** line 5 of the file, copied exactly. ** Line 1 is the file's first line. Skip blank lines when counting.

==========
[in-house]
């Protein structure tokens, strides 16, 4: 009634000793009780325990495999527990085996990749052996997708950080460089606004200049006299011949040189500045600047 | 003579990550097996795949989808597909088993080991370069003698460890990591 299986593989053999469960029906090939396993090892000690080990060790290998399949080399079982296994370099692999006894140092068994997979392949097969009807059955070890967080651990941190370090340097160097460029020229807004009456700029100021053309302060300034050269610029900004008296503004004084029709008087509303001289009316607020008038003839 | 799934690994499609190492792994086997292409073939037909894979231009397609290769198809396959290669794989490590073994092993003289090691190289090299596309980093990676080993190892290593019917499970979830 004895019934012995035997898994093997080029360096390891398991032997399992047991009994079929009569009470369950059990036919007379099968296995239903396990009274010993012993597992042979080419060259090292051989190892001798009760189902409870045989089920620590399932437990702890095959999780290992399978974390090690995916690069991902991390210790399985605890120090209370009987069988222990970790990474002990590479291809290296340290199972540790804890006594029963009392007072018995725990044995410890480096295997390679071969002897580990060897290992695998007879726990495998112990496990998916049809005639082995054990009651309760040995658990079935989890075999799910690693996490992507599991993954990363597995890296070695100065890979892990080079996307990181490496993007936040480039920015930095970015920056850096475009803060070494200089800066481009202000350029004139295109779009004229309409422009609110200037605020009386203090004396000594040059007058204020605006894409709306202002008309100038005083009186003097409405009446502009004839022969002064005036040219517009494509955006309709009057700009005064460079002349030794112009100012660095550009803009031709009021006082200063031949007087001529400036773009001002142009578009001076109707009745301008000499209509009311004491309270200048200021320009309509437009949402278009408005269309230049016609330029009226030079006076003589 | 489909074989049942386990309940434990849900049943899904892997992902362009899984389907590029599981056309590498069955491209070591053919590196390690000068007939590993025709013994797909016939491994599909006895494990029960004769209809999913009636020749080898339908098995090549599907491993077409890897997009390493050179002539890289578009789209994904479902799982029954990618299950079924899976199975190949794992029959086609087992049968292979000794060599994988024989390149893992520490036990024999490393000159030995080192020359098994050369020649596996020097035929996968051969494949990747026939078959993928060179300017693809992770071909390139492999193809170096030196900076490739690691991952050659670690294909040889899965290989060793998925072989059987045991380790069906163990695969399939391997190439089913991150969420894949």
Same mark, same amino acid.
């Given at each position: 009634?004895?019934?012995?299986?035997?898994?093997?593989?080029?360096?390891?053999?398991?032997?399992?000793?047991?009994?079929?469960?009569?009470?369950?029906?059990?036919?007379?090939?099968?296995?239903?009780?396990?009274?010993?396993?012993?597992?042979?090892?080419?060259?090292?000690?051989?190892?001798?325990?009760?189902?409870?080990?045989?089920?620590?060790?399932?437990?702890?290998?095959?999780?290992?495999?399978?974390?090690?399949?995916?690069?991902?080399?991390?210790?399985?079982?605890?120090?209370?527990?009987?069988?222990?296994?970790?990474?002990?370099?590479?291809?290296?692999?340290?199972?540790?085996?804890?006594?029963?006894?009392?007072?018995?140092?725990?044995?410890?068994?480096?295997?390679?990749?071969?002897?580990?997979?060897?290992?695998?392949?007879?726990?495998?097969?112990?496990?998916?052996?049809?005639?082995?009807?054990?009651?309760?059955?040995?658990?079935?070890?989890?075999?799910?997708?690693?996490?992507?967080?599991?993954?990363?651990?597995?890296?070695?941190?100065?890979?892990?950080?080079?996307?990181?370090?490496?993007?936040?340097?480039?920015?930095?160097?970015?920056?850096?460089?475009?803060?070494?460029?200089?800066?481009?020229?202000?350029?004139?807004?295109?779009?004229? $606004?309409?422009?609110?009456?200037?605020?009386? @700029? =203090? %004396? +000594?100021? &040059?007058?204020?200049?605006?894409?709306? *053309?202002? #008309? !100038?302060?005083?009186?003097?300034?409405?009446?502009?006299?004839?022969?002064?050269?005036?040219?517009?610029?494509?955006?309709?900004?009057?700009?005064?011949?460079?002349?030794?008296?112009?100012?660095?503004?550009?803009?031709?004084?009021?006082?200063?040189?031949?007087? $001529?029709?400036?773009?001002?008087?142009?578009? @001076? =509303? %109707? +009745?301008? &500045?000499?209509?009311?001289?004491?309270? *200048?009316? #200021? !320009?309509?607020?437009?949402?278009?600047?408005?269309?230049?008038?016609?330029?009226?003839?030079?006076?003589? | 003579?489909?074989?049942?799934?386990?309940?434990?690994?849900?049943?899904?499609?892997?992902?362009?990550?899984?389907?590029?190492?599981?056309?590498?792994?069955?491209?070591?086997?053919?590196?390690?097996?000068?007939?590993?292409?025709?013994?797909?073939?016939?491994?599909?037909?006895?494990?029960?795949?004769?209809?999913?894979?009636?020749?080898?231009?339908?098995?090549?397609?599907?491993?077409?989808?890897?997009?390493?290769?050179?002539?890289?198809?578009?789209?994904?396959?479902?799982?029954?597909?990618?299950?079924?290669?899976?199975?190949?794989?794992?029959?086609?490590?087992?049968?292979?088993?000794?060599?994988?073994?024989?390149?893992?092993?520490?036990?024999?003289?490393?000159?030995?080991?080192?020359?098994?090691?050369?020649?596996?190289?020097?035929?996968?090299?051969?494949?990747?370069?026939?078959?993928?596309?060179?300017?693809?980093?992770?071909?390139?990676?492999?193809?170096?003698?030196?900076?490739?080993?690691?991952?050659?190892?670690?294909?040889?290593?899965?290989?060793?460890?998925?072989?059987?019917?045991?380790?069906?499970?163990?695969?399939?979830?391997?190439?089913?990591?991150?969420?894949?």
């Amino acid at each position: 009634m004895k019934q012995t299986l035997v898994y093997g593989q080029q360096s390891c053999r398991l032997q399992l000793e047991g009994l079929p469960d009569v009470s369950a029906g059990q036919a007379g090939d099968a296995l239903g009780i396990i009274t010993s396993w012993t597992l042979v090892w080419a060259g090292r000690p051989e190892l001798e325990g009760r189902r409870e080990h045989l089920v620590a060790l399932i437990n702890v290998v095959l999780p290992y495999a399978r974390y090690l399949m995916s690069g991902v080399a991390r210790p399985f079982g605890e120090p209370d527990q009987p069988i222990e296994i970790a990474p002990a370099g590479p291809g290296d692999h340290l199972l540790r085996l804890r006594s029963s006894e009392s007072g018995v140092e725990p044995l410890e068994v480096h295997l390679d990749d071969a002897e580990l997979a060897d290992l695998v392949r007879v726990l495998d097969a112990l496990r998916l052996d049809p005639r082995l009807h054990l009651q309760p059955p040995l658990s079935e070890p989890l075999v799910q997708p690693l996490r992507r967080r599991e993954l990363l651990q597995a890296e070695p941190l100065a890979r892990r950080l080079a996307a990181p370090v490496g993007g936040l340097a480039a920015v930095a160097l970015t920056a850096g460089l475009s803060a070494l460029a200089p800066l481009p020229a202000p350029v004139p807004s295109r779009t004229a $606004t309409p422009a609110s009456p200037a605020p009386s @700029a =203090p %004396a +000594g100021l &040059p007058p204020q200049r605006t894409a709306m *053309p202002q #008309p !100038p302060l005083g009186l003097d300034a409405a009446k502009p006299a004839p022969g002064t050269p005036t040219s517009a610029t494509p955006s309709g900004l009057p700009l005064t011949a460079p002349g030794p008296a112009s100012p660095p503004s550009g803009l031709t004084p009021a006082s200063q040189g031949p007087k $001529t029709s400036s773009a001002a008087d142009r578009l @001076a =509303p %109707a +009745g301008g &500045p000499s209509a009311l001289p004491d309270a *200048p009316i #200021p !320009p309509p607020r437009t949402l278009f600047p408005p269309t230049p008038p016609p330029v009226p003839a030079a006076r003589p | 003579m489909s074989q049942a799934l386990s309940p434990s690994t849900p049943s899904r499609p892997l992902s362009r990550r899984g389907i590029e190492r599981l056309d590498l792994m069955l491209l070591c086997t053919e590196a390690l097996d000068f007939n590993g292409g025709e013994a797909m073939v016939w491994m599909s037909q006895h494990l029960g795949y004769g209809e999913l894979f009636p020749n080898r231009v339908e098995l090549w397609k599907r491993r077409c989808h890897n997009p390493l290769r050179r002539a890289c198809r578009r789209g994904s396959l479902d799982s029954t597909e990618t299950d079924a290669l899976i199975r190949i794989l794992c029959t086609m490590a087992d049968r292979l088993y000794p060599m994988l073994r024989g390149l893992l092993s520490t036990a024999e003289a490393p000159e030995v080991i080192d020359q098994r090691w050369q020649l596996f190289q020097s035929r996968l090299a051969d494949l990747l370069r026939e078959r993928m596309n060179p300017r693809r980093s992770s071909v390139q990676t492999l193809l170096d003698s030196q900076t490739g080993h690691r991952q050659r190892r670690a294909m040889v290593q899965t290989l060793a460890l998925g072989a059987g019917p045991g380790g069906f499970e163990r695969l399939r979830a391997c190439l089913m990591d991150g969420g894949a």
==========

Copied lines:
């Amino acid at each position: 009634m004895k019934q012995t299986l035997v898994y093997g593989q080029q360096s390891c053999r398991l032997q399992l000793e047991g009994l079929p469960d009569v009470s369950a029906g059990q036919a007379g090939d099968a296995l239903g009780i396990i009274t010993s396993w012993t597992l042979v090892w080419a060259g090292r000690p051989e190892l001798e325990g009760r189902r409870e080990h045989l089920v620590a060790l399932i437990n702890v290998v095959l999780p290992y495999a399978r974390y090690l399949m995916s690069g991902v080399a991390r210790p399985f079982g605890e120090p209370d527990q009987p069988i222990e296994i970790a990474p002990a370099g590479p291809g290296d692999h340290l199972l540790r085996l804890r006594s029963s006894e009392s007072g018995v140092e725990p044995l410890e068994v480096h295997l390679d990749d071969a002897e580990l997979a060897d290992l695998v392949r007879v726990l495998d097969a112990l496990r998916l052996d049809p005639r082995l009807h054990l009651q309760p059955p040995l658990s079935e070890p989890l075999v799910q997708p690693l996490r992507r967080r599991e993954l990363l651990q597995a890296e070695p941190l100065a890979r892990r950080l080079a996307a990181p370090v490496g993007g936040l340097a480039a920015v930095a160097l970015t920056a850096g460089l475009s803060a070494l460029a200089p800066l481009p020229a202000p350029v004139p807004s295109r779009t004229a $606004t309409p422009a609110s009456p200037a605020p009386s @700029a =203090p %004396a +000594g100021l &040059p007058p204020q200049r605006t894409a709306m *053309p202002q #008309p !100038p302060l005083g009186l003097d300034a409405a009446k502009p006299a004839p022969g002064t050269p005036t040219s517009a610029t494509p955006s309709g900004l009057p700009l005064t011949a460079p002349g030794p008296a112009s100012p660095p503004s550009g803009l031709t004084p009021a006082s200063q040189g031949p007087k $001529t029709s400036s773009a001002a008087d142009r578009l @001076a =509303p %109707a +009745g301008g &500045p000499s209509a009311l001289p004491d309270a *200048p009316i #200021p !320009p309509p607020r437009t949402l278009f600047p408005p269309t230049p008038p016609p330029v009226p003839a030079a006076r003589p | 003579m489909s074989q049942a799934l386990s309940p434990s690994t849900p049943s899904r499609p892997l992902s362009r990550r899984g389907i590029e190492r599981l056309d590498l792994m069955l491209l070591c086997t053919e590196a390690l097996d000068f007939n590993g292409g025709e013994a797909m073939v016939w491994m599909s037909q006895h494990l029960g795949y004769g209809e999913l894979f009636p020749n080898r231009v339908e098995l090549w397609k599907r491993r077409c989808h890897n997009p390493l290769r050179r002539a890289c198809r578009r789209g994904s396959l479902d799982s029954t597909e990618t299950d079924a290669l899976i199975r190949i794989l794992c029959t086609m490590a087992d049968r292979l088993y000794p060599m994988l073994r024989g390149l893992l092993s520490t036990a024999e003289a490393p000159e030995v080991i080192d020359q098994r090691w050369q020649l596996f190289q020097s035929r996968l090299a051969d494949l990747l370069r026939e078959r993928m596309n060179p300017r693809r980093s992770s071909v390139q990676t492999l193809l170096d003698s030196q900076t490739g080993h690691r991952q050659r190892r670690a294909m040889v290593q899965t290989l060793a460890l998925g072989a059987g019917p045991g380790g069906f499970e163990r695969l399939r979830a391997c190439l089913m990591d991150g969420g894949a």